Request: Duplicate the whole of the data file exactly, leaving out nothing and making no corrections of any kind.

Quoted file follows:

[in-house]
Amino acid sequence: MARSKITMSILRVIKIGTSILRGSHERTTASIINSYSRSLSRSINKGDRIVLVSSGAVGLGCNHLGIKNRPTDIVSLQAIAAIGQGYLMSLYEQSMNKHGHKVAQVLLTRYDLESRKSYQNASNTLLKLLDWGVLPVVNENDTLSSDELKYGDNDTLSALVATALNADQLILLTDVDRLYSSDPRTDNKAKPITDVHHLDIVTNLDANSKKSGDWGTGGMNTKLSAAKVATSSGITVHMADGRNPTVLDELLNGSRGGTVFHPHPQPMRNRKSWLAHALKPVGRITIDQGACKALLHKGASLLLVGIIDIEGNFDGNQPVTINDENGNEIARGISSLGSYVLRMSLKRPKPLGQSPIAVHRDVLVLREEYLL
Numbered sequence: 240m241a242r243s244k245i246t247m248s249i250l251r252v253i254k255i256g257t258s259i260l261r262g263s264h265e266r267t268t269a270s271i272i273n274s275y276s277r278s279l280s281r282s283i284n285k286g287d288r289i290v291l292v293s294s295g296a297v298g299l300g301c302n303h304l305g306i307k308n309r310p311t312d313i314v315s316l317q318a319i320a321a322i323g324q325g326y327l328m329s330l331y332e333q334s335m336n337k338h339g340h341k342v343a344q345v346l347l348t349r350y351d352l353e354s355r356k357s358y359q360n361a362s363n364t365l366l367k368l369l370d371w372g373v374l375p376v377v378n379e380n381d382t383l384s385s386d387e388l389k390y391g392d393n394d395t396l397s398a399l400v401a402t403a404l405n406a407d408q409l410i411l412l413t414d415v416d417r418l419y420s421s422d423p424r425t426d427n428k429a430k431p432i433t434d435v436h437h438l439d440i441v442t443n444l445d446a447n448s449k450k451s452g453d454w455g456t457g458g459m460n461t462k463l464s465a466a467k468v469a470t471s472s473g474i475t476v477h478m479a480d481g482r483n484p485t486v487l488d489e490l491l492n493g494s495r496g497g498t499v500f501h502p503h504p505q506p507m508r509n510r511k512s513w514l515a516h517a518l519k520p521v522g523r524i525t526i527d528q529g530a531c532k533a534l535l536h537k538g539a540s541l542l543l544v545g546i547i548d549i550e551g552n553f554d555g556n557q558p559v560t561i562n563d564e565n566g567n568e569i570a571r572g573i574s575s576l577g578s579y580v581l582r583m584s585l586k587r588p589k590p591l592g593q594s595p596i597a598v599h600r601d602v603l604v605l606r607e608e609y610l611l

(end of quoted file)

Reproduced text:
[in-house]
Amino acid sequence: MARSKITMSILRVIKIGTSILRGSHERTTASIINSYSRSLSRSINKGDRIVLVSSGAVGLGCNHLGIKNRPTDIVSLQAIAAIGQGYLMSLYEQSMNKHGHKVAQVLLTRYDLESRKSYQNASNTLLKLLDWGVLPVVNENDTLSSDELKYGDNDTLSALVATALNADQLILLTDVDRLYSSDPRTDNKAKPITDVHHLDIVTNLDANSKKSGDWGTGGMNTKLSAAKVATSSGITVHMADGRNPTVLDELLNGSRGGTVFHPHPQPMRNRKSWLAHALKPVGRITIDQGACKALLHKGASLLLVGIIDIEGNFDGNQPVTINDENGNEIARGISSLGSYVLRMSLKRPKPLGQSPIAVHRDVLVLREEYLL
Numbered sequence: 240m241a242r243s244k245i246t247m248s249i250l251r252v253i254k255i256g257t258s259i260l261r262g263s264h265e266r267t268t269a270s271i272i273n274s275y276s277r278s279l280s281r282s283i284n285k286g287d288r289i290v291l292v293s294s295g296a297v298g299l300g301c302n303h304l305g306i307k308n309r310p311t312d313i314v315s316l317q318a319i320a321a322i323g324q325g326y327l328m329s330l331y332e333q334s335m336n337k338h339g340h341k342v343a344q345v346l347l348t349r350y351d352l353e354s355r356k357s358y359q360n361a362s363n364t365l366l367k368l369l370d371w372g373v374l375p376v377v378n379e380n381d382t383l384s385s386d387e388l389k390y391g392d393n394d395t396l397s398a399l400v401a402t403a404l405n406a407d408q409l410i411l412l413t414d415v416d417r418l419y420s421s422d423p424r425t426d427n428k429a430k431p432i433t434d435v436h437h438l439d440i441v442t443n444l445d446a447n448s449k450k451s452g453d454w455g456t457g458g459m460n461t462k463l464s465a466a467k468v469a470t471s472s473g474i475t476v477h478m479a480d481g482r483n484p485t486v487l488d489e490l491l492n493g494s495r496g497g498t499v500f501h502p503h504p505q506p507m508r509n510r511k512s513w514l515a516h517a518l519k520p521v522g523r524i525t526i527d528q529g530a531c532k533a534l535l536h537k538g539a540s541l542l543l544v545g546i547i548d549i550e551g552n553f554d555g556n557q558p559v560t561i562n563d564e565n566g567n568e569i570a571r572g573i574s575s576l577g578s579y580v581l582r583m584s585l586k587r588p589k590p591l592g593q594s595p596i597a598v599h600r601d602v603l604v605l606r607e608e609y610l611l